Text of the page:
Cutting out email isn’t for everyone, and of course I still rely on it extensively as a journalist, but if you do need more time in your knowledge worker-type business or job, I recommend trying it. To the extent that it’s possible, you’ll probably find you’ll get a substantial benefit back from your effort in this area.
Latest Delimiter 2.0 articles (subscriber content)
|Politicians from Australia’s major parties need to stop issuing ludicrous blanket pardons for the intelligence community’s ongoing misdemeanours and start applying a basic modicum of transparency and accountability to this important national security function.|
|The independent pro-fibre National Broadband Network movement is doing a far better job of promoting Labor’s Fibre to the Premises-based NBN policy than Labor itself. When is Labor going to wake from its slumber and start supporting this scrappy but energetic grassroots network of activists?|
|Ziggy Switkowski's first substantial public appearance since being appointed NBN Co chief executive has starkly demonstrated just how different he is from his predecessor, Mike Quigley, and just how strictly he will adhere to the guidelines which his patron, Communications Minister Malcolm Turnbull, has set for him.|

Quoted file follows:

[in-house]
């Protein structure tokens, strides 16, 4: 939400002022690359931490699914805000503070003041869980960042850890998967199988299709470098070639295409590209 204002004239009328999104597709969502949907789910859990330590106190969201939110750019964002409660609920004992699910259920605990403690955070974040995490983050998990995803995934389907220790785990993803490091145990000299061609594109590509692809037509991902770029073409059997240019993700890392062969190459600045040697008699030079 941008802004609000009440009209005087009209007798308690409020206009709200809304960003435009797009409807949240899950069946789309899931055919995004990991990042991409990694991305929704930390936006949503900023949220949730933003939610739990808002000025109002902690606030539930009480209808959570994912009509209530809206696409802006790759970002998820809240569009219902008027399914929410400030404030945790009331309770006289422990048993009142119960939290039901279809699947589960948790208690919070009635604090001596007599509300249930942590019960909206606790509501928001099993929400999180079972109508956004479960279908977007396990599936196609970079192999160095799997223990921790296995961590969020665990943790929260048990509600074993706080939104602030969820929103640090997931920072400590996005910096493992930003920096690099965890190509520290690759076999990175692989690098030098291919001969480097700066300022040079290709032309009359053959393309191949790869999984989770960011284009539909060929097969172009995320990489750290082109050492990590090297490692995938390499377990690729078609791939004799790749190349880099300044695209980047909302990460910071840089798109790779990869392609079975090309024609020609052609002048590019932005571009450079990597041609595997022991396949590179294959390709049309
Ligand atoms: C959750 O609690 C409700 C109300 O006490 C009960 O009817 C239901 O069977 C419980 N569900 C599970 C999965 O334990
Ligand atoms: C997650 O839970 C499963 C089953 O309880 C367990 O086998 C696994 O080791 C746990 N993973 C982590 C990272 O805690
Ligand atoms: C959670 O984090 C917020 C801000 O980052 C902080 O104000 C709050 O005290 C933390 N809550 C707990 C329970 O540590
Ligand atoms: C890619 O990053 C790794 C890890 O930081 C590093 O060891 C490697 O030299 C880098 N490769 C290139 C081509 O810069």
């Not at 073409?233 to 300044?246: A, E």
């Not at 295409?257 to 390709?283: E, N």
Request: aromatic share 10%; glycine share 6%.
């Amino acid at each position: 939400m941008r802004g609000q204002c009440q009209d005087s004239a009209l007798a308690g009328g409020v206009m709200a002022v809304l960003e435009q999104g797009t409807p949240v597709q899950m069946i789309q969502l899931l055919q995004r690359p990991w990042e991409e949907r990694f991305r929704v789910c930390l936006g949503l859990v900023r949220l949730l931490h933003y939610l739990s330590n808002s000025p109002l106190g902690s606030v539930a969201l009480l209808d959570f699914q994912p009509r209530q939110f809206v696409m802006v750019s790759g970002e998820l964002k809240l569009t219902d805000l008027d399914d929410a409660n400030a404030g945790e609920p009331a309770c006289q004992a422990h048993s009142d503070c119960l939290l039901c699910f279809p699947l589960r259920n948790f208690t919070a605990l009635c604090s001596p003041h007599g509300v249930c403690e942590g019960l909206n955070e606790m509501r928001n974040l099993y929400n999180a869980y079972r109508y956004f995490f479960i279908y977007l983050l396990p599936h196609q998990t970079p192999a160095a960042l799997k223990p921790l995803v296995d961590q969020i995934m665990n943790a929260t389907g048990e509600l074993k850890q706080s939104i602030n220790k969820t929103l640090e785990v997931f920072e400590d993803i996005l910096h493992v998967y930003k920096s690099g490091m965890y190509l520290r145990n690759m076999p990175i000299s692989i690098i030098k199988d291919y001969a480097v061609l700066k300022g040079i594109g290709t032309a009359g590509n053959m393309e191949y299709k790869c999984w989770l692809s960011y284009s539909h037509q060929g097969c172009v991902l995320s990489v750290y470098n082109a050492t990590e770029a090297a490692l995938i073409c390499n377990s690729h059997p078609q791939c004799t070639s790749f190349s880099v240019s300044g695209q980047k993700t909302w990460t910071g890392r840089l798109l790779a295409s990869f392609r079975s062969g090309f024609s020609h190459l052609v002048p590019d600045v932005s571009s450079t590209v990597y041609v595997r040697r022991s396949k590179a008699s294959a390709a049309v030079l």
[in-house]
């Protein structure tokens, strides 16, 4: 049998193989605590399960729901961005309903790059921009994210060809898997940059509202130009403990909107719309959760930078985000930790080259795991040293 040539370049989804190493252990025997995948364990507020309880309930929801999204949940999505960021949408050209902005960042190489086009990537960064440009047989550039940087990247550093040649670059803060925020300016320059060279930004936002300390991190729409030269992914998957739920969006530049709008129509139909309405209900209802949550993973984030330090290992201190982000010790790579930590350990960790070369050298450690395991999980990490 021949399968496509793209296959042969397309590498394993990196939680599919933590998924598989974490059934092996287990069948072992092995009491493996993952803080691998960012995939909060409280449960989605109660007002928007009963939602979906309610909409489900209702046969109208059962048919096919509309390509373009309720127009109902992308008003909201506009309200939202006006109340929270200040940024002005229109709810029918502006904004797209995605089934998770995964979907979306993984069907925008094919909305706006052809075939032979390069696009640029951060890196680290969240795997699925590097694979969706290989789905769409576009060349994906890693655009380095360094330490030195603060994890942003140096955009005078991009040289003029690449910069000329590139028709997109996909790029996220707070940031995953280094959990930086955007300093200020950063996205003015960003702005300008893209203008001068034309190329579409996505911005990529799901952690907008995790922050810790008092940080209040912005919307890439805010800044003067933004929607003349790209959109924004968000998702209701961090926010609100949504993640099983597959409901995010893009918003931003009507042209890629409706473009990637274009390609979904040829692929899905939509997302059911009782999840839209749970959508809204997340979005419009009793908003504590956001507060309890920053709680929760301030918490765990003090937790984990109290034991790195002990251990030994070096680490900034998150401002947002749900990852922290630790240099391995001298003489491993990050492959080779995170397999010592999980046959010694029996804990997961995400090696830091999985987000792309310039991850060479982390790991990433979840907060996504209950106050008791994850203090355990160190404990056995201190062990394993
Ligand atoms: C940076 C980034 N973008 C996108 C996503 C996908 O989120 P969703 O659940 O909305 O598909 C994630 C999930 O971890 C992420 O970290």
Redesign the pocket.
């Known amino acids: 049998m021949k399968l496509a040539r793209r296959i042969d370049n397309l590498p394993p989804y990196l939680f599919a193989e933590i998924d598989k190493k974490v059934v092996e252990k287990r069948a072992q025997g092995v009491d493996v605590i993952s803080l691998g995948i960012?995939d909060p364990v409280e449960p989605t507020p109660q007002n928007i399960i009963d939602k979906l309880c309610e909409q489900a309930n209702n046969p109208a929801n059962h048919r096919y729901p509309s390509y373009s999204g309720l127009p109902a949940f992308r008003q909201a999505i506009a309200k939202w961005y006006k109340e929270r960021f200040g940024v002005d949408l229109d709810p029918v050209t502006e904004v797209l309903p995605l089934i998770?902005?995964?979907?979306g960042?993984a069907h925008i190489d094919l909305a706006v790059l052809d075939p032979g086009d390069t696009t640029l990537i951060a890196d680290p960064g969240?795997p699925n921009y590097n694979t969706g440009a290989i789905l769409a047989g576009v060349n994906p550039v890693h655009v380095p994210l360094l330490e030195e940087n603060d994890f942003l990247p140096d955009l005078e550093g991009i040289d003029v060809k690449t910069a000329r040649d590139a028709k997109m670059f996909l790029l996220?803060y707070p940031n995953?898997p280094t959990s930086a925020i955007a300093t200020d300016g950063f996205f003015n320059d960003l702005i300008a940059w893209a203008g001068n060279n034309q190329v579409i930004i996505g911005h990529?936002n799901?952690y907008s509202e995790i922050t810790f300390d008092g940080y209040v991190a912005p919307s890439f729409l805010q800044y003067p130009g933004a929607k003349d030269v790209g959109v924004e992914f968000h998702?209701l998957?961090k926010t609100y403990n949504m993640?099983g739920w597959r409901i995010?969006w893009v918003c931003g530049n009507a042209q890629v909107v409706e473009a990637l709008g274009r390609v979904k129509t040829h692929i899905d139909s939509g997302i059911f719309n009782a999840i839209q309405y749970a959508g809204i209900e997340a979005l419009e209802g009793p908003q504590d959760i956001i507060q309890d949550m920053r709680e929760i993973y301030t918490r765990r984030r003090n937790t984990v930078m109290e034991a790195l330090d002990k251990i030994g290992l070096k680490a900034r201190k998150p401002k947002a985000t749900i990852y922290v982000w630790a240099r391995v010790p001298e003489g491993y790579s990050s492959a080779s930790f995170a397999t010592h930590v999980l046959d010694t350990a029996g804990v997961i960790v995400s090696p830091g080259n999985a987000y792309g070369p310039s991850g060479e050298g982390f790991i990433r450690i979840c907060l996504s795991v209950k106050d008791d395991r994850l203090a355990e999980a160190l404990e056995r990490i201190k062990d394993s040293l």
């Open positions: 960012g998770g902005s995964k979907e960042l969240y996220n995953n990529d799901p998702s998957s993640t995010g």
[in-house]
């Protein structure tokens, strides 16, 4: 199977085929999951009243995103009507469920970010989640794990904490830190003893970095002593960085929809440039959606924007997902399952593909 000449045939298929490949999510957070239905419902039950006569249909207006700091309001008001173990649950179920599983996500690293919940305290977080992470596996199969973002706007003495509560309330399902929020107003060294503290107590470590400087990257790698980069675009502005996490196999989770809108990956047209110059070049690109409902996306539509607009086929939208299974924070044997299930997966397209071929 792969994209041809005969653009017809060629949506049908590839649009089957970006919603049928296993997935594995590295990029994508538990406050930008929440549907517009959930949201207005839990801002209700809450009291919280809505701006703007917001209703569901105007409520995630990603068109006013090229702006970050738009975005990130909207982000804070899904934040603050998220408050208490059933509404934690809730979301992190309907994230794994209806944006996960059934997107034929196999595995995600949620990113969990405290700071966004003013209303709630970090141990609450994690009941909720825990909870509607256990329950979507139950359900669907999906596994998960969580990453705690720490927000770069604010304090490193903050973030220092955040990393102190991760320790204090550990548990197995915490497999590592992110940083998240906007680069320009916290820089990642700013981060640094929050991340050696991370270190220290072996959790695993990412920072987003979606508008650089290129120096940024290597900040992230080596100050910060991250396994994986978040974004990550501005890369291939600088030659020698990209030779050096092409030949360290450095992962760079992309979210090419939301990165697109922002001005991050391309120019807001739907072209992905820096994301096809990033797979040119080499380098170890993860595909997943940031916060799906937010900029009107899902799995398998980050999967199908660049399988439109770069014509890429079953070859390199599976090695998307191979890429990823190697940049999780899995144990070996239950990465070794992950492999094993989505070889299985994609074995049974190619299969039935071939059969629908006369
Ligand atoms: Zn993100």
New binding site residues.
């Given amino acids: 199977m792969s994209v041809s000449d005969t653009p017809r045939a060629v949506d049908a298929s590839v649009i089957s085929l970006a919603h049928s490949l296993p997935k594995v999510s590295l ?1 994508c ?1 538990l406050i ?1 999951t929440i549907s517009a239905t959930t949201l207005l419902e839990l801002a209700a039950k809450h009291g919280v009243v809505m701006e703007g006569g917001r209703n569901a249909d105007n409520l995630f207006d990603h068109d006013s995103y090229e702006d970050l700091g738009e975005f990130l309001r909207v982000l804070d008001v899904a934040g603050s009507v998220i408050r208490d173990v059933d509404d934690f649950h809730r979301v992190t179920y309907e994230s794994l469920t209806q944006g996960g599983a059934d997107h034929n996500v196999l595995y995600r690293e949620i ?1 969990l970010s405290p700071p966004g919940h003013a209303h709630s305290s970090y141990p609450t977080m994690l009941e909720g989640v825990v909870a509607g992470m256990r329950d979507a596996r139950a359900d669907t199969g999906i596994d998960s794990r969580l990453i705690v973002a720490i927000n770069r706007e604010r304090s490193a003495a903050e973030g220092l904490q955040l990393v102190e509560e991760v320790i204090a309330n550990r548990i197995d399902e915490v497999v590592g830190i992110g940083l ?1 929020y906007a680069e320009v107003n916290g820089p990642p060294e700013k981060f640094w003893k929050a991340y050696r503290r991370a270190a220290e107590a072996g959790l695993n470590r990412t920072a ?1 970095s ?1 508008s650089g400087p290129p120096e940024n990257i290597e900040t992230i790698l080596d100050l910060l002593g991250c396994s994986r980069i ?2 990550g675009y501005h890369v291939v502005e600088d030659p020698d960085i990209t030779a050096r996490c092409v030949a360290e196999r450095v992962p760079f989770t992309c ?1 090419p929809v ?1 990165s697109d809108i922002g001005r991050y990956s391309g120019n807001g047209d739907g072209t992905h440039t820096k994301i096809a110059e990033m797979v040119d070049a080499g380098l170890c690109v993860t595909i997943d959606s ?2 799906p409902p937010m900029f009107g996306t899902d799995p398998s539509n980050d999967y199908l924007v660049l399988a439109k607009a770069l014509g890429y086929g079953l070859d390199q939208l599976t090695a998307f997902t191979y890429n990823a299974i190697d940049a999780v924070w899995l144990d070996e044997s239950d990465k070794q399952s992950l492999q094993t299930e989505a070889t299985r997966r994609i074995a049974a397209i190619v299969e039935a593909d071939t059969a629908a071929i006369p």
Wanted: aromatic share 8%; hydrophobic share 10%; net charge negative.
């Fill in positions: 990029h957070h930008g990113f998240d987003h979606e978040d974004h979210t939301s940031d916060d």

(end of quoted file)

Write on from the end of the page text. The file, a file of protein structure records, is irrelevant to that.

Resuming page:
|Australian technology companies have been virtually absent from the the nation’s public stockmarket over the past decade as the stigma of the dot com bust took its toll on investor confidence. But a clutch of new listings planned for the closing months of 2013 shows renewed interest in the sector and that local entrepreneurs are smelling money in the air once again.|
|NBN Co’s Strategic Review process gives the company an unmissable opportunity to re-evaluate the early decision to deploy its FTTP network primarily through Telstra’s underground ducts. The company and its new Coalition masters must now seriously consider deploying more fibre aerially on power poles in an effort to speed up its rollout substantially.|
|That moment which many Australian technologists fervently hoped for but never expected to see has come to pass: Simon Hackett has been appointed to the board of the National Broadband Network Company. But what questions should the Internode founder be asking NBN Co’s executive management team? Here’s five ideas to start with.|
|The rapid replacement of respected NBN Co chief operating officer Ralph Steffens with a Telstra executive who appears less experienced with fibre rollouts but better politically connected represents a key signal that NBN Co’s senior executive hiring process has now become completely politicised and is no longer independent from the Federal Government.|
Enterprise IT, Featured, News - Dec 5, 2013 13:41 - 0 Comments
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Featured, News, Telecommunications - Dec 4, 2013 15:18 - 44 Comments